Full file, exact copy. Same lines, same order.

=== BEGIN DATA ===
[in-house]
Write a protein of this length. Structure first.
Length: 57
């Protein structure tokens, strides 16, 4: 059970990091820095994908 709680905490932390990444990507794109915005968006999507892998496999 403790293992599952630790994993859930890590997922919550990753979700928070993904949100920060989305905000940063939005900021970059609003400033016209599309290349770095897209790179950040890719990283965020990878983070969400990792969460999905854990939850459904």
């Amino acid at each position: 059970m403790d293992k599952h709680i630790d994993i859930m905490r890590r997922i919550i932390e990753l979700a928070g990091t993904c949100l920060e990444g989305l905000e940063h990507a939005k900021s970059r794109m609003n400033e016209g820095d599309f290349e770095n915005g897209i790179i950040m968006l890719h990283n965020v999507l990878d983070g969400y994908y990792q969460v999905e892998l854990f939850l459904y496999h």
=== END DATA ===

[in-house]
Write a protein of this length. Structure first.
Length: 57
């Protein structure tokens, strides 16, 4: 059970990091820095994908 709680905490932390990444990507794109915005968006999507892998496999 403790293992599952630790994993859930890590997922919550990753979700928070993904949100920060989305905000940063939005900021970059609003400033016209599309290349770095897209790179950040890719990283965020990878983070969400990792969460999905854990939850459904």
């Amino acid at each position: 059970m403790d293992k599952h709680i630790d994993i859930m905490r890590r997922i919550i932390e990753l979700a928070g990091t993904c949100l920060e990444g989305l905000e940063h990507a939005k900021s970059r794109m609003n400033e016209g820095d599309f290349e770095n915005g897209i790179i950040m968006l890719h990283n965020v999507l990878d983070g969400y994908y990792q969460v999905e892998l854990f939850l459904y496999h």